Presentation on theme: "AG OUTLOOK LA NIÑA WINTER 2010 Clyde Fraisse Agricultural and Biological Engineering University of Florida November 18, 2010 Albany, GA."— Presentation transcript:
AG OUTLOOK LA NIÑA WINTER 2010 Clyde Fraisse Agricultural and Biological Engineering University of Florida November 18, 2010 Albany, GA
Potential Impacts on Agriculture La Niña 2010-2011 Winter vegetables Winter pasture Temperate fruits Forestry Row crops
Major Freezes in Florida Citrus Freeze EventENSO Phase December 1894Neutral February 1899Neutral December 1934Neutral January 1940Neutral December 1962Neutral January 1977El Niño January 1981Neutral January 1982Neutral December 1983Neutral January 1985Neutral December 1989Neutral January 1997Neutral Adapted from: John Attaway, “A History of Florida Citrus Freezes
Winter Vegetables Tomato and green peppers generally yield more during La Niña years than during Neutral or El Niño years. Dry weather associated with La Niña generally decreases fungal and bacterial diseases. Increased solar radiation is also a factor. Source: Hansen, J.W., Hodges, A.W., Jones, J.W., 1998. ENSO inﬂuences on agriculture in the southeastern US. J. Climate 11 (3), 404– 411.
Winter Pasture Success of winter pastures depends on rainfall. This is especially true when overseeding. In central and south peninsular Florida, overseeding of cool-season annuals into an established grass sod often fails due to insufficient soil moisture
Winter Pasture Based on the current dry conditions across parts of the Southeast and the probability of a dry winter, the following considerations should be made in regard to winter pasture: Soil moisture at planting will be an important factor for success, postpone planting If the soil is dry; Prioritize planting in prepared seedbeds where chances of success are higher, avoid overseeding; Plant in best fields that typically hold moisture in the winter; Don’t invest only in winter forage, save some dollars for feed purchase; Be prepared to reduce stocking rates and number of grazing days with the expected reduced rainfall.
Temperate Fruits Seasonal climate variability impacts deciduous fruit production mainly because of a decrease in the satisfaction of dormancy that occurs by the accumulation of chilling hours (temperature at or below 45°F)
Chill Accumulation Variability Chill hours variability in: Alachua Hendry Hernando Marion Pasco Polk Sumter Chill Hours (32°F ≤ T < 45°F) From Oct 1 st to Feb 28 th Entire period of records 1948-2007 Different ENSO phases: Neutral El Niño La Niña C. W. Fraisse, Agricultural & Biological Engineering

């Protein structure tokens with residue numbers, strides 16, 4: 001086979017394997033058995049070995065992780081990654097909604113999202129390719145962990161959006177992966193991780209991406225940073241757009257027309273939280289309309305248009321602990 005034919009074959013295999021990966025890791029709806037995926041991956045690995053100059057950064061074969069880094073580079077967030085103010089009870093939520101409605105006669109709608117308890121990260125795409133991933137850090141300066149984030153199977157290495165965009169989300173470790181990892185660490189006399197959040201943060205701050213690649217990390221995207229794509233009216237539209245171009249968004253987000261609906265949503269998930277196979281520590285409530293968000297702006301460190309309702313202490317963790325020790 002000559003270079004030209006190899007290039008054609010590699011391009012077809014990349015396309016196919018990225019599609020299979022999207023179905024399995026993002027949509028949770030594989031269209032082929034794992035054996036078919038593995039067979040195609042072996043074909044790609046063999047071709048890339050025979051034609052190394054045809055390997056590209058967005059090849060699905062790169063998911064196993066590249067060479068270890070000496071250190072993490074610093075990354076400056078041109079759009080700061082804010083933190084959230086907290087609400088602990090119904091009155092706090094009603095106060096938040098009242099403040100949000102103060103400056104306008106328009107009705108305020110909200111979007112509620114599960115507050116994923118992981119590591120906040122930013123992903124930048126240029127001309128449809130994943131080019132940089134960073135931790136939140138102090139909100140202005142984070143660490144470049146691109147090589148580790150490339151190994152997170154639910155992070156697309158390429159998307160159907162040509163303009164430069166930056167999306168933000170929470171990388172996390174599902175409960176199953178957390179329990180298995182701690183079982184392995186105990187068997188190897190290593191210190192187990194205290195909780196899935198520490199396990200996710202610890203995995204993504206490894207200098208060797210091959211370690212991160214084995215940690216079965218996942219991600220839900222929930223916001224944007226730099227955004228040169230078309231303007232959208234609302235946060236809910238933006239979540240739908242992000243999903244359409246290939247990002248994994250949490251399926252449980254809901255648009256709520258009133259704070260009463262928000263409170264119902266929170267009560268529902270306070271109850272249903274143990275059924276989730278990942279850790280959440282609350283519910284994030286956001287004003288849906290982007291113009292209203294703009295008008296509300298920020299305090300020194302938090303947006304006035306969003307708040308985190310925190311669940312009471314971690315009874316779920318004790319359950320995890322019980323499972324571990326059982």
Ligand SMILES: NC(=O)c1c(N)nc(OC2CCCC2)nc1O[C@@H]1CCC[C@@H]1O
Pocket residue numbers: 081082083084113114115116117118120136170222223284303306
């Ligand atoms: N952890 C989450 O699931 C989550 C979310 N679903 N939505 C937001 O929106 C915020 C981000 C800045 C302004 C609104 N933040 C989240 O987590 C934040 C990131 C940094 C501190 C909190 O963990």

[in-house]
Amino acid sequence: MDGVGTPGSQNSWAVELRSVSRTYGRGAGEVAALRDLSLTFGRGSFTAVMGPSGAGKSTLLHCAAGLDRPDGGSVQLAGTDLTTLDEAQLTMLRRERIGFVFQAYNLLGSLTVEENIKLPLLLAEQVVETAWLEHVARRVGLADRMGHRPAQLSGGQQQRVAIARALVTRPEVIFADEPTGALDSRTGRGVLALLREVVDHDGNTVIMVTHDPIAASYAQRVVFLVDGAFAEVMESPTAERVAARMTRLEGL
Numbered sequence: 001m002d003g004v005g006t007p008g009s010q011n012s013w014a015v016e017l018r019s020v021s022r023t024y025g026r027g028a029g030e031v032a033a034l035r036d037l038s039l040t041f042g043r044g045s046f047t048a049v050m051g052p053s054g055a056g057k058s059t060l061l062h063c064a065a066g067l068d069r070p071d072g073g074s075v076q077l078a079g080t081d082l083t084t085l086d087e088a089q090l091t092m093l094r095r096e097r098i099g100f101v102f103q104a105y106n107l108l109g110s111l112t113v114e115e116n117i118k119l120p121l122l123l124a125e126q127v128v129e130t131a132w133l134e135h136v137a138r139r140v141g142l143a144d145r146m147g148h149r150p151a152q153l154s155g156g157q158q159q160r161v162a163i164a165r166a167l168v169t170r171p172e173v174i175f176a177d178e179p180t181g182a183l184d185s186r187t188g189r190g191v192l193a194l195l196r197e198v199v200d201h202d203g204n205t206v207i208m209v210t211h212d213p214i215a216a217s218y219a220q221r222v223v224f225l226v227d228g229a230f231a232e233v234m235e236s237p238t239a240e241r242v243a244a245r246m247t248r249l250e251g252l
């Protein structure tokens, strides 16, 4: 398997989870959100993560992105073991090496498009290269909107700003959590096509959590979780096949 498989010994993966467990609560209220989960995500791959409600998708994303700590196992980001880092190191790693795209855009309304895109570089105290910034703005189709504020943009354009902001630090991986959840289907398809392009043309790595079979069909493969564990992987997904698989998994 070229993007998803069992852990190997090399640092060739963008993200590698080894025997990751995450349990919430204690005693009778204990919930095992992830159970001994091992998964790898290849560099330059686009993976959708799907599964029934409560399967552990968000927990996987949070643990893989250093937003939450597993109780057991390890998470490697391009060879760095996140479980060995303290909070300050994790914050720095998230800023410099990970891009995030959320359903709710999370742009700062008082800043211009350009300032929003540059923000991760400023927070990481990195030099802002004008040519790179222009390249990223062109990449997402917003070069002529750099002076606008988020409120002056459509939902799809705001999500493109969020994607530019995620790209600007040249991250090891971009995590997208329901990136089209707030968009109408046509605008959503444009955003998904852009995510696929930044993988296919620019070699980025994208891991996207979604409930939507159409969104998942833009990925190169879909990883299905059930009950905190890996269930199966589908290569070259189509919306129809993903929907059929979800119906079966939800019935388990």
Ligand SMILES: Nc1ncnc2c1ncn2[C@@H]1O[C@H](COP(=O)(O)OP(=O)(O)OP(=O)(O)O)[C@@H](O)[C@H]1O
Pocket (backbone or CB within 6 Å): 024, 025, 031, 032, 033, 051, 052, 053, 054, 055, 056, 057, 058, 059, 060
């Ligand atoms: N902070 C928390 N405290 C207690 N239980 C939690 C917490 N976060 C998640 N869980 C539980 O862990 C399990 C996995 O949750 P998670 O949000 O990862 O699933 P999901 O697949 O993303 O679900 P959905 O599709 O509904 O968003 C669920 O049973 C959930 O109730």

Chill Accumulation Averages Entire Period of Records C. W. Fraisse, Agricultural & Biological Engineering
El Niño - Southern Oscillation Marion County 1948-2007 El NiñoLa NiñaNeutralAll Years Average405284362354 Minimum222146110 Maximum598500593598
Temperate Fruits - Diseases The dry weather during La Niña years is usually not conducive to fungal diseases such as Anthracnose and Botrytis fruit rots. Regular applications of fungicides may not be needed as often to suppress these diseases.
Seasonal Forecast of Disease Pressure Plant City, Florida – 1892 to 2009 C. W. Fraisse, Agricultural & Biological Engineering
Forestry Managers could consider: Re-scheduling planting of drought vulnerable seedlings Reinforce existing control efforts of southern pine beetle Delay the harvest of pine straw to retain soil moisture La Niña also brings the potential for a very active wildfire season.
Row Crops Warmer and/or drier conditions may help certain pests and diseases: Warm, dry winter may increase flower thrips abundance Warm conditions may also help soybean rust over-winter on kudzu in South Georgia and throughout the Panhandle of Florida If conditions are dry during the spring it may be best to kill cover crops earlier in order to preserve more moisture in the soil
Drought Monitoring and Forecasting
Agricultural Reference Index for Drought NOAA-Sector Applications Research Program Survey & Prototype Workshops in FL & GA Refinement of the tool Release of final version on AgroClimate Training Workshops AgroClimate Cycle Objective: Develop a decision support system on AgroClimate specifically designed to help forage producers cope and adapt to drought conditions in the southeastern USA
Drought Workshops w/ Forage Producers Fanning Springs, FL October 14, 2010 Tifton, GA October 15, 2010